The problem is, architects don't always know what they don't know. They know sight lines are important, for instance. They know viewing angles and acoustical performance can impact their clients' utilization of a classroom, auditorium, or meeting facility. Many even know the basic AV technologies required. But they often need someone to alert them to what they may not have taken into account.

"Increasingly, AV systems are an essential part of our learning environments," says Jay Bond, AIA, associate vice president for facility management at California State University Fullerton. "Early and frequent communication and coordination among the faculty users, architects, engineers, facility managers, campus IT managers, and the AV consultants is essential if expectations are to be met. The AV consultant can play a crucial role in ensuring that the right questions get asked at the right time, and that the proper answers are provided."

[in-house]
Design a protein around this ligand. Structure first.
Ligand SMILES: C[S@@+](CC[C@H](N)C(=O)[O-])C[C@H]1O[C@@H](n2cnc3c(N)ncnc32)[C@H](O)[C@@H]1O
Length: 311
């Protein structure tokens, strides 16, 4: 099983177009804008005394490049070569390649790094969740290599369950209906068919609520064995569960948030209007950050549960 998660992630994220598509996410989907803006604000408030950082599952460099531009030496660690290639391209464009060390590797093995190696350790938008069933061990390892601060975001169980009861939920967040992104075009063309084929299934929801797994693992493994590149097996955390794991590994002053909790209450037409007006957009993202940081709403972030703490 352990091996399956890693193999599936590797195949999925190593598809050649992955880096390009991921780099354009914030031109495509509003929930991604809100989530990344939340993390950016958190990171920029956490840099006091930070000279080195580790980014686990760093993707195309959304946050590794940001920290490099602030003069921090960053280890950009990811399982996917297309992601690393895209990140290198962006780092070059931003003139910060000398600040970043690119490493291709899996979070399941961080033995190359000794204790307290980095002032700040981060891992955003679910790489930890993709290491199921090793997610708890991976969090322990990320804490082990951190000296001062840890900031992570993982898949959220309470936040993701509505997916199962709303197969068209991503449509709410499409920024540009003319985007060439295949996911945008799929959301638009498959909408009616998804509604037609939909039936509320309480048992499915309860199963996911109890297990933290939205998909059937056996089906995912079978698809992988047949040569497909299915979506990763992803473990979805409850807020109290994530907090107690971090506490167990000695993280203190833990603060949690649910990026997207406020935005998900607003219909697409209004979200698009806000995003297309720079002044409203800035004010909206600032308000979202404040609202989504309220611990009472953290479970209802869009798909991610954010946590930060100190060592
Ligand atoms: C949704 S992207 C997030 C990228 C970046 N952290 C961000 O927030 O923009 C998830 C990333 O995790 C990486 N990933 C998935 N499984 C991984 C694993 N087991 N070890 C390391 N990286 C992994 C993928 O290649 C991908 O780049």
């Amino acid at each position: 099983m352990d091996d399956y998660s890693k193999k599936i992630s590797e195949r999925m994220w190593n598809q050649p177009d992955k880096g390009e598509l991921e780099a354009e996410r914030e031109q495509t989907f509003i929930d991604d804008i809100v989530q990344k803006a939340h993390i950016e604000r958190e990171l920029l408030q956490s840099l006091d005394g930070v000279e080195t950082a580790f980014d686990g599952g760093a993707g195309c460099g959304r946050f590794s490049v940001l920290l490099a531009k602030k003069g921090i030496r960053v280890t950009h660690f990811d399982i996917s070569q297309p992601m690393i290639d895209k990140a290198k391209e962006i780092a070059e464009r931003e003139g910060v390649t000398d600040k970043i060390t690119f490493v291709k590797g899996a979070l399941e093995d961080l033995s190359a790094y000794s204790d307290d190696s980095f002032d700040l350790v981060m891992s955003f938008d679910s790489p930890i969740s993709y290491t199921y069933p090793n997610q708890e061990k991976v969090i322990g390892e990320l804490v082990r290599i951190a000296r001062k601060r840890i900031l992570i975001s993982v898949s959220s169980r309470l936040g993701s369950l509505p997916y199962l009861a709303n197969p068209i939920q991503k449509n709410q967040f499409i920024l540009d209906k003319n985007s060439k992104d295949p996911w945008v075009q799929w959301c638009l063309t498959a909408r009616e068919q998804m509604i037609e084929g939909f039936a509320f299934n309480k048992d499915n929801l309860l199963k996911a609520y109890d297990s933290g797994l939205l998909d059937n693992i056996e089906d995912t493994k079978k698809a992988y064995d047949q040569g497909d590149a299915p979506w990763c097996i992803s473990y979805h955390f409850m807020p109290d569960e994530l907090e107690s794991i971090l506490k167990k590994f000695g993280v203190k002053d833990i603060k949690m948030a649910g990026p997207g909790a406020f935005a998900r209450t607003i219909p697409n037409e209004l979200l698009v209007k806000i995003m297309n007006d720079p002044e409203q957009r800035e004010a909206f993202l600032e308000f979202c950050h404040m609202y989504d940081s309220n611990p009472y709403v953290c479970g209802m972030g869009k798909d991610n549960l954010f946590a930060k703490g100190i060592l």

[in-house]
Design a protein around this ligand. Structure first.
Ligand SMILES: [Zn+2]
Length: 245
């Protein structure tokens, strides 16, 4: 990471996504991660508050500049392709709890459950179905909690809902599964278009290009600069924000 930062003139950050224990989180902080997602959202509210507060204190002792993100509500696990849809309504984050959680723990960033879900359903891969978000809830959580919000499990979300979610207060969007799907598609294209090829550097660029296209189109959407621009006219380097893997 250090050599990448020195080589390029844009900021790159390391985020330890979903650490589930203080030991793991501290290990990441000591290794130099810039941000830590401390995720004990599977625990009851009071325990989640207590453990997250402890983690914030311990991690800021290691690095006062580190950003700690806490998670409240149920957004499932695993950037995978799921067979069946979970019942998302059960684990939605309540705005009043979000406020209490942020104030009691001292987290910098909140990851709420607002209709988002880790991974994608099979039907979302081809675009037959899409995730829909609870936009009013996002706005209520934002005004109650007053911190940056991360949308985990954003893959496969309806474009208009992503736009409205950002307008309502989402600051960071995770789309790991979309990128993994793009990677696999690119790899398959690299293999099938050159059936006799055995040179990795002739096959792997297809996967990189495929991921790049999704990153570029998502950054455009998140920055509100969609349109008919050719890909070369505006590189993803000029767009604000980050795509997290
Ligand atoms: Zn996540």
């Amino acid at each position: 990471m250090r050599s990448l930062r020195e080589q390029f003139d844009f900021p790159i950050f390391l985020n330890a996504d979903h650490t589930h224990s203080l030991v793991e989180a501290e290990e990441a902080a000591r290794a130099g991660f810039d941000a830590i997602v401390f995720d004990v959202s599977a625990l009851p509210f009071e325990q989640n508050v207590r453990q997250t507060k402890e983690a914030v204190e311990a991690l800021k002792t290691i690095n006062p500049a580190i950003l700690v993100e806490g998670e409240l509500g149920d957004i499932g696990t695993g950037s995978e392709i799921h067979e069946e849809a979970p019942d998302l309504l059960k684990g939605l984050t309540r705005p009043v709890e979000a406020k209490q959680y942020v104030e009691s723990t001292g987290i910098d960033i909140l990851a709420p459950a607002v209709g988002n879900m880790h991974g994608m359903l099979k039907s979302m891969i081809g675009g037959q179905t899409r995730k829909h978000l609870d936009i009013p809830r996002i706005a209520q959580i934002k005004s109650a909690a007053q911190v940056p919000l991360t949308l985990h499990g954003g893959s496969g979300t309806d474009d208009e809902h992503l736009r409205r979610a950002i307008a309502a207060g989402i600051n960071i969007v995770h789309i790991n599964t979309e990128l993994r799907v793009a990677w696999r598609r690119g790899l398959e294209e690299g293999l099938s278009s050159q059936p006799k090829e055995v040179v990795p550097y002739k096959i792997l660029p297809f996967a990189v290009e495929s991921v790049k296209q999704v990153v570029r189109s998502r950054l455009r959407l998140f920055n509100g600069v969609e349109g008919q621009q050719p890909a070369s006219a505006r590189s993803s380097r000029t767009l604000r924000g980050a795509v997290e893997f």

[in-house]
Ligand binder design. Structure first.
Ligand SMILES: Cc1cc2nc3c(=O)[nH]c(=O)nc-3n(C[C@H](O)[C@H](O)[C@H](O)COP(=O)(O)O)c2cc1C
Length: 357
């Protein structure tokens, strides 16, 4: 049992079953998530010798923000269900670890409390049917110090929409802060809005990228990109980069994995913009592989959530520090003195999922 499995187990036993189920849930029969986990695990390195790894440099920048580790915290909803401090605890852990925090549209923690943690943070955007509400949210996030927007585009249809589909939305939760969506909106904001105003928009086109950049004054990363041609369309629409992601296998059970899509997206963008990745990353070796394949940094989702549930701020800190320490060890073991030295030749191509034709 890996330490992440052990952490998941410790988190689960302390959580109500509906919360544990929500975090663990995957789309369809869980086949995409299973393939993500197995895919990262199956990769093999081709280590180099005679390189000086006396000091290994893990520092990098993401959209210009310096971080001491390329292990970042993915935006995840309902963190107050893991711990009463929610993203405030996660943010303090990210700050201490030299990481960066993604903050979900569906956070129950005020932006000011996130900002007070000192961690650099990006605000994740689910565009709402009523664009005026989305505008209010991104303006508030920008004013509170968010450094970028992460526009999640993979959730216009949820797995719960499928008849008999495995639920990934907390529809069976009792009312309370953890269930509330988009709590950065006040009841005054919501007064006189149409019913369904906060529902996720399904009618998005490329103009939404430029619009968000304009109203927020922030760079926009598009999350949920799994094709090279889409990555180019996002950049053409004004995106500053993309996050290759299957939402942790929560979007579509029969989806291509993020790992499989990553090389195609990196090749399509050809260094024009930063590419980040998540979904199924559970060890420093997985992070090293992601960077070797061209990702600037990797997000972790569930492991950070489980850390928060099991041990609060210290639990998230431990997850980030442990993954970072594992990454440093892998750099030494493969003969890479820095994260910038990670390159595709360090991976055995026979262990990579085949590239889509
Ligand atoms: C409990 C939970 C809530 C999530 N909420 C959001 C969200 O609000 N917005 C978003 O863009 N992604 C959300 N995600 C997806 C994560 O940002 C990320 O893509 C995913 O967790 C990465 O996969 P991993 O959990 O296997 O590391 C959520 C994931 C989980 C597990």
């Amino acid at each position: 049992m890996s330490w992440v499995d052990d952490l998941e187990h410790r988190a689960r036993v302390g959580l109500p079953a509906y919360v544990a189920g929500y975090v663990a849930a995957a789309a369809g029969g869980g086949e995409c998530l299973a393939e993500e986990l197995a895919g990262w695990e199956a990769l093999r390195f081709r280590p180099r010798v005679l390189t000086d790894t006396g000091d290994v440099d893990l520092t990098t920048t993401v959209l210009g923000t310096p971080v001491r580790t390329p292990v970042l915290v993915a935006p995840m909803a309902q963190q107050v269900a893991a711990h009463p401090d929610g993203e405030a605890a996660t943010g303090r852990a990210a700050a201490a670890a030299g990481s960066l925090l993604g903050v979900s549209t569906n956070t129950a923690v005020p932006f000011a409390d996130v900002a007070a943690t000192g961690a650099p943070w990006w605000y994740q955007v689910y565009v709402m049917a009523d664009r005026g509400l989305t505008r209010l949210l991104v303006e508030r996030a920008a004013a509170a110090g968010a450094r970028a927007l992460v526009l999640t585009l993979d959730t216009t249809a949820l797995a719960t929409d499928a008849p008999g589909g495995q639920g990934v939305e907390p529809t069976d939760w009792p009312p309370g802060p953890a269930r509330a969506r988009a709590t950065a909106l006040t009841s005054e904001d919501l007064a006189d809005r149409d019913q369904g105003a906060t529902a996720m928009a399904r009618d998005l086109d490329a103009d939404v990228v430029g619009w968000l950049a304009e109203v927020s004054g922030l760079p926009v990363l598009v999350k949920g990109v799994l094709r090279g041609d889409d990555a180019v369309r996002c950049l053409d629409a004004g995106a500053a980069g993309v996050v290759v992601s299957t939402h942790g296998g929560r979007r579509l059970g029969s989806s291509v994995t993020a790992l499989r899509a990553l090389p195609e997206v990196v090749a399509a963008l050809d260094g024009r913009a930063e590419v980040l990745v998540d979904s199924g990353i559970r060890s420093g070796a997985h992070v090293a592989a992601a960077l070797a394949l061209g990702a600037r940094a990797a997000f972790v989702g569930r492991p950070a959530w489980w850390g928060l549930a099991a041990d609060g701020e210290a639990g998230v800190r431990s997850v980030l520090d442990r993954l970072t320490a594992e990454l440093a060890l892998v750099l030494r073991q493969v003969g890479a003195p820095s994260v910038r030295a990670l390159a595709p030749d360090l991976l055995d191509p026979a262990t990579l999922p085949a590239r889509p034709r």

Meet Your Future Partner

What do architects think about collaborating more deeply with AV consultants and integrators? We went straight to the source and heard positive feedback.

THE LITTLE THINGS

What can be especially frustrating is the fact that a few questions up-front can sometimes overcome very simple design mistakes. John Godbout, CEO and founder of AV design/build company CCS Presentation Systems in Scottsdale, Ariz., says his company is working on a huge new building in Phoenix that represents up to $3 million in AV equipment and integration. When the AV team visited the site to examine the equipment room, they realized the room lacked a doorway–there was only an opening in the floor. "If we'd worked with the architects more up-front, there sure would have been a door," Godbout says. "And guess what? There was no air-conditioning duct."